Simple To Use

Every PERS device is a little different, but many offer easy-to-use wearable devices that require nothing more than the push of a button to connect with an urgent response agent. In cases of falls or where movement is otherwise limited, this enables the older person to get help without having to crawl or otherwise find their way to a phone.

Help at Home or on the Go

With continued advancements in mobile PERS technology, personal response systems are no longer for use just inside the home. Depending on the system and its monitoring options, you can obtain assistance on vacation, while running errands, or otherwise outside the primary residence.

PERS and other medical alert systems require the push of a button or some other simple action in the event that an emergency occurs and help is needed.

Once a decision is made to sign up for and use an emergency response service, the next step is to decide which type of system is best for your own situation and needs. While there are several available on the market today, most can be placed in one of these categories.

  1. Two-way personal emergency response system with 24/7 monitoring by a response center.
  2. Two-way personal emergency response system, unmonitored, but calls 911 or another number.
  3. Two-way personal emergency response system with speakerphone pendant, monitored or unmonitored.
  4. Cellular personal emergency response systems, unmonitored, calls 911.

As you can see, some systems are managed by a call monitoring center and others are not, requiring additional action from the wearer if something occurs. However, all of them call 911 (or another number) in the event of an emergency.

Optional Medical Alert Features

Most personal emergency response systems are capable of doing much more than summoning help. Some features may be included, others may require additional fees.

Fall Detection

This type of PERS unit will automatically make a call when a fall is detected. It analyzes both unusual misalignments of the body as well as acceleration of movement, essentially sensing if the body moves too fast or is in an awkward position.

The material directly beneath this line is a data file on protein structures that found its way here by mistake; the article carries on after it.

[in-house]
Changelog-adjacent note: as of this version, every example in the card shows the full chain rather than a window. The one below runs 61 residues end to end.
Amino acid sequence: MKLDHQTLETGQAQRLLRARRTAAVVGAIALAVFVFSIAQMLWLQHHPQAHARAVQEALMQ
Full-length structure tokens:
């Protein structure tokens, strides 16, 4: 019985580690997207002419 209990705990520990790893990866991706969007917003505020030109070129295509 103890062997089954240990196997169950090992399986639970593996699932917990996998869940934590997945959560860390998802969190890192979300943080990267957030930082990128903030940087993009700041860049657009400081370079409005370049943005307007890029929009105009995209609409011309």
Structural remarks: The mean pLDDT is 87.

Advantages of this type of system include being able to obtain emergency assistance even if the person is unable to push a button. Plus, these types of medical alert devices are generally waterproof, so they can still be worn in the bath or shower, an area where we’re more prone to slips and falls.

Disadvantages of fall detection devices are false alarms or instances where they may not detect a fall, which could occur in a slower, sliding type of fall. This option also tends to cost more and could potentially provide a false sense of security.

Smoke, Fire, Carbon Monoxide Detection

Certain personal emergency response systems also provide services related to home systems security monitoring that covers the immediate environment for smoke, fire, or elevated carbon monoxide levels.

If you do choose this option, you want to select a service that automatically alerts an emergency responder to increase the level of safety this feature provides.

Medication Compliance

More than half of adults surveyed by the National Community Pharmacists Association in its most recent report failed to take their medications as prescribed to treat their chronic conditions.

This can be avoided (or at least greatly reduced) by using a personal response system that provides medication compliance features.

Some systems provide actual dispensing devices that alert the elderly when it is time to take the medications and then dispense the pills at the push of a button. Others send reminders or use timers in an effort to improve adherence to medication regimens.

Fitness and Activity Monitoring

Whereas some activity monitoring devices are used to ensure that you’re getting the necessary amount of physical exercise for maximum health, activity monitoring for older adults with wearable personal emergency response systems helps ensure they are moving around freely during the day.

That’s why such monitors are sometimes called inactivity monitoring services, because they help identify if movement has stopped and there’s a problem, even if the alert button has not been pushed.

This type of monitoring could require the older person to check in at predetermined times throughout the day, with an alarm sounding if they don’t. Others rely on motion detectors to help determine whether movement is occurring in the residence, or whether it has stopped.